Recently the rest of the world discovered what those of us who live in the middle of it have known for years: There is a Washington, D.C., that is geographically close to, but by every other indicator at the other side of the world from, the power center that usually makes headlines. In recent months this other Washington has stolen much of the attention, as reports in major newspapers and magazines, and television documentaries with titles such as State of Emergency and Murder Capital USA, offer graphic portrayals of life on the streets of the nation's capital.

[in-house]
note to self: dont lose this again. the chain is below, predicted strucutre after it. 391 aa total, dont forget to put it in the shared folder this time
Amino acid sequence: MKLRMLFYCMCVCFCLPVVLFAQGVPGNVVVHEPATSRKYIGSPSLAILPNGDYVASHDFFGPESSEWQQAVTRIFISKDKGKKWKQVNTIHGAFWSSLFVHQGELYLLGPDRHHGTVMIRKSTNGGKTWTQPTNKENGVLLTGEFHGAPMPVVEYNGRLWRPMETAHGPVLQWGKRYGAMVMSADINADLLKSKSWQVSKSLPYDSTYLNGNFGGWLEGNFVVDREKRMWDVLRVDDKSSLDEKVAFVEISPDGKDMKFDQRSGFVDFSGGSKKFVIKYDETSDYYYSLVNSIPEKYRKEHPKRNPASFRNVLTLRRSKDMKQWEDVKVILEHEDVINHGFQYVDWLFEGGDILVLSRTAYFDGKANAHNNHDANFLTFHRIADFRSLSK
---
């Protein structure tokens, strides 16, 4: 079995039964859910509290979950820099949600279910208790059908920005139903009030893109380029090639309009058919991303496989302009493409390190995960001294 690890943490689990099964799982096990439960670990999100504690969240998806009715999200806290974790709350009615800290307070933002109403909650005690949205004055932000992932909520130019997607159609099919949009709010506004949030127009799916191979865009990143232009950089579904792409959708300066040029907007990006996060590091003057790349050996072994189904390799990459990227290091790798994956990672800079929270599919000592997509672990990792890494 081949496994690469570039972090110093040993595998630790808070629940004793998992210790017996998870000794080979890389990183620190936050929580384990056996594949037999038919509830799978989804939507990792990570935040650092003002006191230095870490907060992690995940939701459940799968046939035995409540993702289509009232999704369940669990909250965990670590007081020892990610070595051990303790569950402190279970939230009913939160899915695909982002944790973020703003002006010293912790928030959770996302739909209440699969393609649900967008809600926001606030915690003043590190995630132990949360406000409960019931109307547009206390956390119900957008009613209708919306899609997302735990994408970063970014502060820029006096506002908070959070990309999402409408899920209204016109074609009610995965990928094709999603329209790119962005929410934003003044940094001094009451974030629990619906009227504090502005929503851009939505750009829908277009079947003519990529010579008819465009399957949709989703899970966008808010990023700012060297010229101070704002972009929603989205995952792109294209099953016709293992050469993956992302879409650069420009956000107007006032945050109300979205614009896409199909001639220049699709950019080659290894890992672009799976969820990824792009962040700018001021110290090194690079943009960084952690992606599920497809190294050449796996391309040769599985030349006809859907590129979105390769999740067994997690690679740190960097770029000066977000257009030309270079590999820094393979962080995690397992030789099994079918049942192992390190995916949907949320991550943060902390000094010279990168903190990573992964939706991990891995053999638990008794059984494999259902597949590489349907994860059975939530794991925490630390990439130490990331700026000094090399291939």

In the first days of April, The Washington Post published a front-page series called "At the Roots of the Violence." The second installment outlined the "code of conduct" of the streets' drug dealers, who have been both source and target of most of the violence: "Never back down.... Be willing to kill or die to defend your honor.... Protect your reputation and manhood at all costs...." Those who best follow this code are known in street language as "soldiers." One of them answered a reporter's question about why they are so ready to shoot: "I guess it's greed for that money."
Following the printed code of conduct in the newspaper was this observation: "It is a way of behaving that flies in the face of traditional American values."